Domestic violence is a pattern of coercive behavior in which one person attempts to control another through threats or actual use of physical violence, sexual assault, verbal and psychological abuse, and/or economic coercion.

This is the type of violence most often reported to the authorities; is characteristic of victims seeking legal, health, and social and support services; and is measured and tracked in agency data. It has been graphically portrayed in the widely used Duluth model Power and Control Wheel.

Scholars are using new terminology to describe differing instances of domestic violence, such as "intimate terrorism," "situational couple violence," "characterological violence," and "violent resistance." Michael Johnson (2006) says that "intimate terrorism" is being used to refer to violence that is highly gendered and nearly always perpetrated by a man terrorizing a woman. It corresponds to the definition used broadly by the DV community (see above).

"Situational couple violence," a term that Johnson coined, is when a disagreement turns into an angry, nasty, two-way argument that then escalates into violence-hitting, shoving, biting, or worse. "Although this type of violence is almost as likely to be perpetrated by women as by men, men do more serious damage and their violence is more likely to introduce fear into a relationship and get the authorities involved" (Johnson, 2006). "The violence can be mild or severe; and, although often an isolated incident, some couples have a recurring pattern of such violence that is extremely dangerous."

A great deal more discussion, debate, and research are needed to explore two key questions:

  1. How do we best distinguish between domestic violence and others types of conflict and violent behavior that occur within intimate relationships?
  2. What are the implications of these definitions and distinctions for the policies and practices of HM and RF programs, particularly as they relate to recruitment, screening and assessment, and staff and volunteer training?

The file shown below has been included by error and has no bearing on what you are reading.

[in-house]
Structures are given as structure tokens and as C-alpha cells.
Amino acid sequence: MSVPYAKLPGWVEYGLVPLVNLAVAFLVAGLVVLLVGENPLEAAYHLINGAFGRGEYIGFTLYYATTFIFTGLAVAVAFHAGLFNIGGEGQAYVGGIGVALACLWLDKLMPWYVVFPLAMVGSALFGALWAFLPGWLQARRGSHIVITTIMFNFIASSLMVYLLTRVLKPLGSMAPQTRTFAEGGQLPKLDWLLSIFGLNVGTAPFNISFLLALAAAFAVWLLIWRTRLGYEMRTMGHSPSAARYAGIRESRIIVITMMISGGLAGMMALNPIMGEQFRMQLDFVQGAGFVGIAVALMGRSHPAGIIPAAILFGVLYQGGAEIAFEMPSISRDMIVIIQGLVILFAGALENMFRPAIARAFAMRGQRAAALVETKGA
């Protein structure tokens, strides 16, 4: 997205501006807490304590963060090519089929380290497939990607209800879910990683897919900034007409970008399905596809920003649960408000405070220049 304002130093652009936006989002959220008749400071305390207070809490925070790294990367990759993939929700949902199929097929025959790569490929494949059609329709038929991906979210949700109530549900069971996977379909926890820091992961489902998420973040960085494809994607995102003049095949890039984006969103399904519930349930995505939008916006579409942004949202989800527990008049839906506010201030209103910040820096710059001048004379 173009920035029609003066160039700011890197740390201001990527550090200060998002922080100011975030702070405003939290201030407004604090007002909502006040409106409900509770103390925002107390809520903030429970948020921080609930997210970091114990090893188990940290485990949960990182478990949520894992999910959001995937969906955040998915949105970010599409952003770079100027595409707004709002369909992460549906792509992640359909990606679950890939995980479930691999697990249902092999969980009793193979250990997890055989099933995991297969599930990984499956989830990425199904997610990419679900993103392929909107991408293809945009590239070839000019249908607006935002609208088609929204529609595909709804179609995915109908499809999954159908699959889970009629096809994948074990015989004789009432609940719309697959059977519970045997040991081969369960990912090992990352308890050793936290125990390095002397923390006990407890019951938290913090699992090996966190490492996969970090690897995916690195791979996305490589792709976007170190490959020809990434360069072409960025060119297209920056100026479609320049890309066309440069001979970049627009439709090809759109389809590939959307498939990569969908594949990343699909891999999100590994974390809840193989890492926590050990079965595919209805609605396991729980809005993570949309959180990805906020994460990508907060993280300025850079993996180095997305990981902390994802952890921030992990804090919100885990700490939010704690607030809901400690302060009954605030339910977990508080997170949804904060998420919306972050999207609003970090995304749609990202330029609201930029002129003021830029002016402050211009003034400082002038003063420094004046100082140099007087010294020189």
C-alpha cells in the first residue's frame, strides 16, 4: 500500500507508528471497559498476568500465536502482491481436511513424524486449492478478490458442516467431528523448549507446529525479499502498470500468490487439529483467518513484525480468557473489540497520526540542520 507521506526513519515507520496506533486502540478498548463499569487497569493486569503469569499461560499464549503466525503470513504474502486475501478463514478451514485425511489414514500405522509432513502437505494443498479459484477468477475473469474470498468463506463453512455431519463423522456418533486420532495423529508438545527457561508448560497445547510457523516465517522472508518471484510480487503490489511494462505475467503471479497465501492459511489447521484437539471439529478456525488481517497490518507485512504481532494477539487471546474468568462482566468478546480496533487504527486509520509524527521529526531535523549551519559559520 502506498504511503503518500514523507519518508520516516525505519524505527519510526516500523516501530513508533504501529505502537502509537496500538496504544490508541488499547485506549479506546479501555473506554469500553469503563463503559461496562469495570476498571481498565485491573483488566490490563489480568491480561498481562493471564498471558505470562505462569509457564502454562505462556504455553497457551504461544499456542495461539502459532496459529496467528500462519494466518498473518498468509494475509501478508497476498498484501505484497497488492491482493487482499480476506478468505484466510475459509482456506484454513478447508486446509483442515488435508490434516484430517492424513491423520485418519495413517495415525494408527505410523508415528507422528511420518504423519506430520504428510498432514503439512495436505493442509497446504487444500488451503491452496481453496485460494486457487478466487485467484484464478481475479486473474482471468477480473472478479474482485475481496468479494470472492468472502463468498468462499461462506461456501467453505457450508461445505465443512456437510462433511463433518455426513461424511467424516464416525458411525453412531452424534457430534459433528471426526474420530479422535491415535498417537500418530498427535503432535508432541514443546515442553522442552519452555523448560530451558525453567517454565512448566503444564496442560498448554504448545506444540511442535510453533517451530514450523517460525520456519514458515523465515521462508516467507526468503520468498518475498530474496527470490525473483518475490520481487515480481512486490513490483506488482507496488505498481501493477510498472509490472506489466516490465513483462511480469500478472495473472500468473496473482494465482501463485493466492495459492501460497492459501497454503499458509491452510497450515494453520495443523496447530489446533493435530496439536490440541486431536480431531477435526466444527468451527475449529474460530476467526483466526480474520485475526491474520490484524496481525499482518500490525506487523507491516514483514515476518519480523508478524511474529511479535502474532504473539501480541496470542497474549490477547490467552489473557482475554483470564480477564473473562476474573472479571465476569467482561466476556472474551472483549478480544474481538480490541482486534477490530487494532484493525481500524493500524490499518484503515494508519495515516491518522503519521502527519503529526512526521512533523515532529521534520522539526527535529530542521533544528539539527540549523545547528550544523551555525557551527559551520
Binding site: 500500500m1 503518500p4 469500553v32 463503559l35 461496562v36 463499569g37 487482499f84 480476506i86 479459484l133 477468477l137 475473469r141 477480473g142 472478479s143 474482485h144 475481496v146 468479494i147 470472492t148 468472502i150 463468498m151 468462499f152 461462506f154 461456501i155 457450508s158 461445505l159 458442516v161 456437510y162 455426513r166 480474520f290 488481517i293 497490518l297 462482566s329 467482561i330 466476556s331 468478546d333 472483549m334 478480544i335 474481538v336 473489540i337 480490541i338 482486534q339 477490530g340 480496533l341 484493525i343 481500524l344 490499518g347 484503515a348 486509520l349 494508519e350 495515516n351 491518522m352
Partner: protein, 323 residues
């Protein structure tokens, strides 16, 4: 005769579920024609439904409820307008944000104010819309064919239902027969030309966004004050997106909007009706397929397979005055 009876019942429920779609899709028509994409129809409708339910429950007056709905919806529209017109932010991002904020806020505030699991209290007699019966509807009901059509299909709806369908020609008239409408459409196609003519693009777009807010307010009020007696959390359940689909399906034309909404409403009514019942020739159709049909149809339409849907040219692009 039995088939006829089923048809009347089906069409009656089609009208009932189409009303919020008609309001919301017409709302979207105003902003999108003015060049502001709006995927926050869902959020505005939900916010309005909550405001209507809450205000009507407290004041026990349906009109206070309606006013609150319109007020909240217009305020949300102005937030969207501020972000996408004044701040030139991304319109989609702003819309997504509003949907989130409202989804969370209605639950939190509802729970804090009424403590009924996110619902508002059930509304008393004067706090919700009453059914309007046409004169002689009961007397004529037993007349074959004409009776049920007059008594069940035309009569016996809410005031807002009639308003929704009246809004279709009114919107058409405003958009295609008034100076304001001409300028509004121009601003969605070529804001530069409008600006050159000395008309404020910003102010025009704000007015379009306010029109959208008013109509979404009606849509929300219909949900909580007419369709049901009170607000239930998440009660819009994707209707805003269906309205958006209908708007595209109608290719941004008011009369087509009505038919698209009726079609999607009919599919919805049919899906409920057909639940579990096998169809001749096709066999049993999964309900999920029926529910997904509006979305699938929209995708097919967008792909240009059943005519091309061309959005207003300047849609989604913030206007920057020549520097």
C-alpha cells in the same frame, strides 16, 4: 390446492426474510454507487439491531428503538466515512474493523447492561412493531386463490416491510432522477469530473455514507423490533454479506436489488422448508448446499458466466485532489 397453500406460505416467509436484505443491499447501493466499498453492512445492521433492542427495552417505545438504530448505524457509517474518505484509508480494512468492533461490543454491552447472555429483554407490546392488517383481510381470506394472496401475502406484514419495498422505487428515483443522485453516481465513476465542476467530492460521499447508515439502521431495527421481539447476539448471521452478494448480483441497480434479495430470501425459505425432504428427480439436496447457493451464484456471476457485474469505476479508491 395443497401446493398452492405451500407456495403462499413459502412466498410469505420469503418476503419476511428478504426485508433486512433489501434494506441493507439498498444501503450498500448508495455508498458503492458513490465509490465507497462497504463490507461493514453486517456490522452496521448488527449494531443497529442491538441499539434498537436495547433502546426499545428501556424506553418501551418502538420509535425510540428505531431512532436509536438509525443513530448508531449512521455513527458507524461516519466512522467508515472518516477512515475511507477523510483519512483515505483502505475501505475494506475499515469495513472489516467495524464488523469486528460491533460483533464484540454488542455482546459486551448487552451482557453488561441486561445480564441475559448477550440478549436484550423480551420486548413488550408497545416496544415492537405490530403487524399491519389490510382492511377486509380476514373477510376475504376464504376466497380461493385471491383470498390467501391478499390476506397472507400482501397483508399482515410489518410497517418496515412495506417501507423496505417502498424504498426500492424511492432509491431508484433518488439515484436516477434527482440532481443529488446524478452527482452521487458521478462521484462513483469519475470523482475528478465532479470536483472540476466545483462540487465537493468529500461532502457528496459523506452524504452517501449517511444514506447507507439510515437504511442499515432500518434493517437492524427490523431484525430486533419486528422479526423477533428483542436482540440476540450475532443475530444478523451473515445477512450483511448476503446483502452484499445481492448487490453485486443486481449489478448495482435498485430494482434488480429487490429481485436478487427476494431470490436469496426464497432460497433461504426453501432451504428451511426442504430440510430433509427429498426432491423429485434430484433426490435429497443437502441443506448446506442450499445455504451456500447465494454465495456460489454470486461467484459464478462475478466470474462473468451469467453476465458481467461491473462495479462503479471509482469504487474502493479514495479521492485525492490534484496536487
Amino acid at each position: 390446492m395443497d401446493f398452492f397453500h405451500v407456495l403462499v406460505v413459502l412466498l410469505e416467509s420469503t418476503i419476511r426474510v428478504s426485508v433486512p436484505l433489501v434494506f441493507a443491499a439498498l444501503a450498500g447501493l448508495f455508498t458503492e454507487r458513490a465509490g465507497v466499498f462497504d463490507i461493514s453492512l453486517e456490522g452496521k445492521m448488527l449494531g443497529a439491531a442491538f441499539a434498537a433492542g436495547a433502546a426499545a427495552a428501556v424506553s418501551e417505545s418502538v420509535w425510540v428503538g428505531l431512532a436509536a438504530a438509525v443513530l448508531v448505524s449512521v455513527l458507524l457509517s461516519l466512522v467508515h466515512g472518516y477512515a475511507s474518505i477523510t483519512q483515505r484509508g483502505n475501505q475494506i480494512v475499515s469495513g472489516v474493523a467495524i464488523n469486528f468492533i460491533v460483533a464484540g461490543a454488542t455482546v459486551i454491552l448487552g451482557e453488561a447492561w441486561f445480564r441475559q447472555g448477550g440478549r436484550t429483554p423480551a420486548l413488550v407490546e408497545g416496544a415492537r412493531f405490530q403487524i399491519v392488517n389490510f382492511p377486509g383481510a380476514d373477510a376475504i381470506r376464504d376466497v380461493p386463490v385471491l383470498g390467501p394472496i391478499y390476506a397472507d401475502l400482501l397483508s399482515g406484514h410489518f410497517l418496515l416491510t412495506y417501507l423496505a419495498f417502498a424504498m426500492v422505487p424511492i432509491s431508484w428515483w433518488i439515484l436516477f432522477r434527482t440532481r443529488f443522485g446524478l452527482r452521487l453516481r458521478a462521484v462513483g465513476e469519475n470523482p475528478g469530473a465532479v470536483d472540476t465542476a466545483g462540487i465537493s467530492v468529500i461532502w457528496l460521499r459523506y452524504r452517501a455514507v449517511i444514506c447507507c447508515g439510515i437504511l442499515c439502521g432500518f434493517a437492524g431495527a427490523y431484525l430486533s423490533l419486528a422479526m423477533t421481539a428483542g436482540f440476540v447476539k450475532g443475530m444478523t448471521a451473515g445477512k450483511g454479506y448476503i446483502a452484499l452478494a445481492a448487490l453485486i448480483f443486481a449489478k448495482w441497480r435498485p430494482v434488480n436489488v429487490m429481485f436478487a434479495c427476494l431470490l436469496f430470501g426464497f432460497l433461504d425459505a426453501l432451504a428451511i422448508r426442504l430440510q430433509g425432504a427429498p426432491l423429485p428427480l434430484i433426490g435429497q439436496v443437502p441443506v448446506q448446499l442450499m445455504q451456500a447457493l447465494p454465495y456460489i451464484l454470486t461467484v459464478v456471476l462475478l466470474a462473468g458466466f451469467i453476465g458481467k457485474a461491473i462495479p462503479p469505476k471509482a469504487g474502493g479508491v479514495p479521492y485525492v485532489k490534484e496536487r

* The terms domestic violence, spouse abuse, battering, sexual assault, intimate partner/couple violence, intimate terrorism and so forth generally refer to physical or psychological violence that occurs between a male/ female couple who are married or sexually intimate, or a same-sex couple. Family violence is a broader term and includes child abuse and elder abuse as well.

Healthy Marriage

THE HEALTHY MARRIAGE & RELATIONSHIP EDUCATION FIELD - WHO ARE WE?

Excerpted from Ooms, T., Boggess, J., Menard, A., Myrick, M., Roberts, P., Tweedie, J., & Wilson, P., 2006.

History and origins

In terms of public recognition and government funding, the HM field is "the new kid on the block" (Ooms, 2005). However, its roots in marriage and relationships research and education programs go back to the ‘50s and ‘60s. The field then grew, in response to rising concern about the negative economic and psychological effects-on children and adults alike-of the increasing rates of divorce and out-of-wedlock childrearing. Existing counseling and therapy services offered to distressed couples provided too little help, too late. The belief, supported by new research, was that individuals and couples could learn the knowledge, attitudes, and skills needed to have a healthy and happy relationship, make wise marital choices, and stay successfully married.

In 1996, the U.S. Congress enacted welfare reform, which was the first federal law to establish promotion of marriage and reduction of out-of-wedlock childbearing as federal policy goals. The law encouraged states to spend funds from the new Temporary Assistance for Needy Families program (TANF) on pursuing these goals. In 2001, the federal government began for the first time to fund marriage education programs around the country.